The Buddha’s own way of addressing suffering is generic. The teachings directly target the way the human heart/mind causes and intensifies its own distress via resistance to experience. The training seeks less to control how things are in the immediate sense than to find wise relationship to any situation which is present. Like a whole system tonic, mindfulness and other trainings of the heart/mind strengthen us in all dimensions of our being.
Ajahn Brahm, a monk in the Thai Forest Tradition, clarifies that skillful motivation for meditation is not to focus upon directly curing anything in particular. Instead, the training is to develop a being (ourselves) that cares, that is compassionate and wise with whatever is present. The process of developing this stability of heart/mind is the training of vipassana meditation.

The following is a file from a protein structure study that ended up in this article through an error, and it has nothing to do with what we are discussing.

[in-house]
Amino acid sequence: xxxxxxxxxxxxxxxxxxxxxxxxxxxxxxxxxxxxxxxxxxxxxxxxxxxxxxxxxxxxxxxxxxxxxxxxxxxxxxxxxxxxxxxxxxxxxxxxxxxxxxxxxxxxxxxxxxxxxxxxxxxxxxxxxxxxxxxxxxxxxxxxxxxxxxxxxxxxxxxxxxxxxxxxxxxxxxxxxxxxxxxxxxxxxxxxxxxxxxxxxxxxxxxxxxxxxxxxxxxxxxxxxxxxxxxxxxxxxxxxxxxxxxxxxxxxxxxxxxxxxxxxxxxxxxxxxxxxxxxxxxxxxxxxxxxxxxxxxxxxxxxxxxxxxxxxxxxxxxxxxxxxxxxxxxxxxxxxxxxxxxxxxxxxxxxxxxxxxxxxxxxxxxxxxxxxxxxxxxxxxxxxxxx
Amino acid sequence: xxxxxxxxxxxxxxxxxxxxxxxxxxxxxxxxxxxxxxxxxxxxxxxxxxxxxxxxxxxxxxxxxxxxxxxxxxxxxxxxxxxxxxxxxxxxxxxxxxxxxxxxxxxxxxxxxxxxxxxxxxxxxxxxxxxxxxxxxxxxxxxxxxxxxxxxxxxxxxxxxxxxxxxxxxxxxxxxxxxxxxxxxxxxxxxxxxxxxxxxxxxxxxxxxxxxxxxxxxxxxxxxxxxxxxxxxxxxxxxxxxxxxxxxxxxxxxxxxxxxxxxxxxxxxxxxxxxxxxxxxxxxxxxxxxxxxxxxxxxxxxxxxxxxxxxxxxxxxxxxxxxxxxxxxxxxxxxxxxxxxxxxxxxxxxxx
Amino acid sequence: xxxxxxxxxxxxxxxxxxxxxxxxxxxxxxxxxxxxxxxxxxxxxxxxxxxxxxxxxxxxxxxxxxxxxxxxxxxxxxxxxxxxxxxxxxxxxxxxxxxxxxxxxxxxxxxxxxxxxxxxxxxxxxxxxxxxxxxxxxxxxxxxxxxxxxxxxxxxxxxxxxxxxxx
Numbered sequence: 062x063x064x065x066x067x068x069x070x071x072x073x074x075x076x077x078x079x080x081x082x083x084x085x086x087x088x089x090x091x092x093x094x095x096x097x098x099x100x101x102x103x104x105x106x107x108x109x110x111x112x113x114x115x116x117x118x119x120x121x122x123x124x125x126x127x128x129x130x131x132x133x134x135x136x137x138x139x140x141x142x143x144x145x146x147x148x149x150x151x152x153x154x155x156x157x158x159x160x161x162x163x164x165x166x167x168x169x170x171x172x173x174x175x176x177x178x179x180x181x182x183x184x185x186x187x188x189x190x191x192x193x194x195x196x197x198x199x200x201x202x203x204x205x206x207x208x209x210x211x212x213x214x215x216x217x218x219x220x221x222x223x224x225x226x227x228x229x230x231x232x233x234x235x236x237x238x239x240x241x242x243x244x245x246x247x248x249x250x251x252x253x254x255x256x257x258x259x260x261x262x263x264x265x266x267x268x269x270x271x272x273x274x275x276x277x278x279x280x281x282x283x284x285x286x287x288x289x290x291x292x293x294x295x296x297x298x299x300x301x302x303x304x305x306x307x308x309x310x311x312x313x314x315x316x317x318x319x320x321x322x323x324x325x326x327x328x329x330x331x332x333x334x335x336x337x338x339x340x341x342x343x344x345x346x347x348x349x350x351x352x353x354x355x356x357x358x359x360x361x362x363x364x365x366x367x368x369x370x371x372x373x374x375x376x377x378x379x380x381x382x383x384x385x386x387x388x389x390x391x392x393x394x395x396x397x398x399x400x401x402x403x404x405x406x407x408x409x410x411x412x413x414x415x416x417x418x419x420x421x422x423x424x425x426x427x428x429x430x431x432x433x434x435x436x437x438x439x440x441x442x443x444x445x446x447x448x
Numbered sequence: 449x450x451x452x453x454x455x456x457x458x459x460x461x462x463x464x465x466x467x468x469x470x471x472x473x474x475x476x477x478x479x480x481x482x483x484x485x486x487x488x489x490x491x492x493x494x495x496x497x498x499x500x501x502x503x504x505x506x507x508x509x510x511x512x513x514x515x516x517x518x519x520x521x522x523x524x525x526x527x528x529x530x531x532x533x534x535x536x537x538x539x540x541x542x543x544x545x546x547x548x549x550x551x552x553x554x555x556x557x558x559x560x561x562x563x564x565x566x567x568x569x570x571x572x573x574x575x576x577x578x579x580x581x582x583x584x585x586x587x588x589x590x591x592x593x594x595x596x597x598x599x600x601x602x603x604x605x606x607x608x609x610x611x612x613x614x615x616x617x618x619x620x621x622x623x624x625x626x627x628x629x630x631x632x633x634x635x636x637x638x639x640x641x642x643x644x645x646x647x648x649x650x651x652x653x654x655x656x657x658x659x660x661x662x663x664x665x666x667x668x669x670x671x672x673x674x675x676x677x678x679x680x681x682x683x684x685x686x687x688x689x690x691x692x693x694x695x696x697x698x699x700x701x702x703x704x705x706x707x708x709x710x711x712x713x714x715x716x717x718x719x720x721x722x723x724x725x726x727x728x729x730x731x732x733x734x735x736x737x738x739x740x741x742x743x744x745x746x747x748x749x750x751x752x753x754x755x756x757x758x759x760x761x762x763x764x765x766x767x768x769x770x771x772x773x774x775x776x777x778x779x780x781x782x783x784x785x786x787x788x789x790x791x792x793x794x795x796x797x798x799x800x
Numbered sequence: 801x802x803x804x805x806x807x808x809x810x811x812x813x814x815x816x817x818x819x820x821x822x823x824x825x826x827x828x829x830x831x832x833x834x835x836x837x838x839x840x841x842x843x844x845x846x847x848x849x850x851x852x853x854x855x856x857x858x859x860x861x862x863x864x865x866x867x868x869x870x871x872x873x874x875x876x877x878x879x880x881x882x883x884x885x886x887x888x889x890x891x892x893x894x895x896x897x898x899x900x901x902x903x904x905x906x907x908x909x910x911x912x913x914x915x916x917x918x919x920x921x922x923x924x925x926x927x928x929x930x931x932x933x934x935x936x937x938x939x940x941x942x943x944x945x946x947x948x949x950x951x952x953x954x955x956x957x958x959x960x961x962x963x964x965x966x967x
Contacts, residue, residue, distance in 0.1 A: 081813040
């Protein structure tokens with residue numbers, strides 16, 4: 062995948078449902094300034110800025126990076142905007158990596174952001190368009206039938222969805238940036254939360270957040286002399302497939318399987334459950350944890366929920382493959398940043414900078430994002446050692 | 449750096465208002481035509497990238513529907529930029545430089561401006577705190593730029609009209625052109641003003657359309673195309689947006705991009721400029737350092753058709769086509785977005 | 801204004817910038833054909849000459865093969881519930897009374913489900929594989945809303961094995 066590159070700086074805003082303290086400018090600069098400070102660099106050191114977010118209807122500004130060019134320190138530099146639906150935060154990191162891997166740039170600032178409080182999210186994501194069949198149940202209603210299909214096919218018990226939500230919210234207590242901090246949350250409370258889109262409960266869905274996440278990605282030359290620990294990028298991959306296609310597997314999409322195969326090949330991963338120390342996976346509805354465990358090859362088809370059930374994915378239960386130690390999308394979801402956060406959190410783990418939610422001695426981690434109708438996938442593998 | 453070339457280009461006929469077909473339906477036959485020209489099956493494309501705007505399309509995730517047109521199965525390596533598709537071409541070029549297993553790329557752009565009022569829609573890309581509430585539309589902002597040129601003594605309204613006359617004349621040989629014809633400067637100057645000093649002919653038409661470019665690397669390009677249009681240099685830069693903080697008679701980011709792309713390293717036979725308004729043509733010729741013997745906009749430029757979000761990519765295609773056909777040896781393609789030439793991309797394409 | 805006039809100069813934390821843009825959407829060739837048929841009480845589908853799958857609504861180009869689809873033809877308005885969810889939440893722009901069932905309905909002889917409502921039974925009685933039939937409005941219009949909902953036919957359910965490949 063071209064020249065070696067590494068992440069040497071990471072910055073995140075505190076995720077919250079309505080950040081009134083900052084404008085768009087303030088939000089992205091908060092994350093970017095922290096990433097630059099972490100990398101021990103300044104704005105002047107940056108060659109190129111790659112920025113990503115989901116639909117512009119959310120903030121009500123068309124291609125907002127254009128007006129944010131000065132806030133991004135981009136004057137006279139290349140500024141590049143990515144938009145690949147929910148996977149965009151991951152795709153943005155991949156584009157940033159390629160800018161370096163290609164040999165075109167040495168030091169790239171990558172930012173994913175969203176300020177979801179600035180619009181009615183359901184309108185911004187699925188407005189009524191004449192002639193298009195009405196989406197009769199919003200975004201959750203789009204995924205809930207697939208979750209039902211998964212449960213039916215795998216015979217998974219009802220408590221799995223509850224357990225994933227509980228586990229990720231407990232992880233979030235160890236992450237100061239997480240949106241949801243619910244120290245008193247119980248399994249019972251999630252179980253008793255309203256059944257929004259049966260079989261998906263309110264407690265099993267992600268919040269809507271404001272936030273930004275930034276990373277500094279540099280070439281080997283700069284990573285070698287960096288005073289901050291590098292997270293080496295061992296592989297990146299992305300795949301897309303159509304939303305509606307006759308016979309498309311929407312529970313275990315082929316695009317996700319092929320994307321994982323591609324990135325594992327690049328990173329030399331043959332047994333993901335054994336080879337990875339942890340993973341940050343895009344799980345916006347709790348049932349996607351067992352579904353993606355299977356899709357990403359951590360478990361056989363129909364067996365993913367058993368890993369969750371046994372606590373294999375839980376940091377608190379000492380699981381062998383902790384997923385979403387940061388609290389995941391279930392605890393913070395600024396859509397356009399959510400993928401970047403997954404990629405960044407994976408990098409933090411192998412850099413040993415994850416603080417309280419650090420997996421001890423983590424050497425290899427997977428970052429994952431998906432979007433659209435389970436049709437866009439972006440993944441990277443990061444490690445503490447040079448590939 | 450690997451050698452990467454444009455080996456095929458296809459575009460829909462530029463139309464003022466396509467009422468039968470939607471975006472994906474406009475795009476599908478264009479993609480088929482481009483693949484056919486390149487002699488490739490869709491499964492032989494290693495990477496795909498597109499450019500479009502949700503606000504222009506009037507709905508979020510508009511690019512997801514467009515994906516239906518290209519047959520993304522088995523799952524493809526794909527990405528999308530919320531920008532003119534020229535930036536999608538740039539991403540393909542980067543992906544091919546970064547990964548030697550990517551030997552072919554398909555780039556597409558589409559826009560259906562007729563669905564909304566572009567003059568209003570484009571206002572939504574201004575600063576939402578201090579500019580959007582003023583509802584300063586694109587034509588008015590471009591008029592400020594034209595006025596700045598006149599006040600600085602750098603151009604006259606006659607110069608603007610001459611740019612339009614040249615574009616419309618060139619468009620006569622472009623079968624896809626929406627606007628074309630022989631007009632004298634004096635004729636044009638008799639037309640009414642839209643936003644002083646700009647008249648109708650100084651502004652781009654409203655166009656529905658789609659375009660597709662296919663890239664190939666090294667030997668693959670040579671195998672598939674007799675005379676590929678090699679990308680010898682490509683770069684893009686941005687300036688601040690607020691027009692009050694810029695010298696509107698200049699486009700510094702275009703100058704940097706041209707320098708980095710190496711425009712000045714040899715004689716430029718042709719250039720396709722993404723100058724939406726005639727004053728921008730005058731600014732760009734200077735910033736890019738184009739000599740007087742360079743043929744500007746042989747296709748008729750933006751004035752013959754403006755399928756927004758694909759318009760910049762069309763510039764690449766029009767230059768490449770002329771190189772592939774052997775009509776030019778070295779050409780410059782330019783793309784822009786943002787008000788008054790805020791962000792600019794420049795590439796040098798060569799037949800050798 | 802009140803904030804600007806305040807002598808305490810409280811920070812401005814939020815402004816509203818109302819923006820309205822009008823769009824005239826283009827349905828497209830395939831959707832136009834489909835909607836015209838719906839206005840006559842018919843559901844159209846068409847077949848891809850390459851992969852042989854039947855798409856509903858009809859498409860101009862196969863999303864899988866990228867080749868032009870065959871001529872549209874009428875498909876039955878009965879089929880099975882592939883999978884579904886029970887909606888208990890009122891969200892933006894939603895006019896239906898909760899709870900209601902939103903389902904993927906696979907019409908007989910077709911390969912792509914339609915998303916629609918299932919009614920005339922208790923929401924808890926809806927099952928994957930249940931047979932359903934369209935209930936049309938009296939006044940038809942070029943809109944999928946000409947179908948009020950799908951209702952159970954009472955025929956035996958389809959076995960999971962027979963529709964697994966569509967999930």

Paradoxically, it is from this place of grounded, balanced acceptance of experience that literal healing sometimes arises. By addressing the main conceptual problem which is within our power to heal – deluded craving – we shift our entire system in the direction of health and balance. Whether our conditions change or not, we are better able to find equanimity and happiness in the actual unfolding of our lives.
Every now & again we get irritated – just a little bit. It is nothing major, and it does not throw us out of balance. But there is this little contraction when a meditator comes into the meditation hall & is noisier than we think she or he should be. “Can’t you sit down more quietly? Don’t you see that I am deeply meditating?” Then we take a deep breath, realising how silly it is to get upset about this triviality & settle back into our practice. Concentration is getting better & deeper – and then somebody coughs. “How inconsiderate!” the mind comments. Then back to the experience of the breath. Now mindfulness is really picking up, the mind is sharp & clear – and somebody blows the nose. And this blows the mind, “Don’t you know that I was just about to have a really deep experience?!”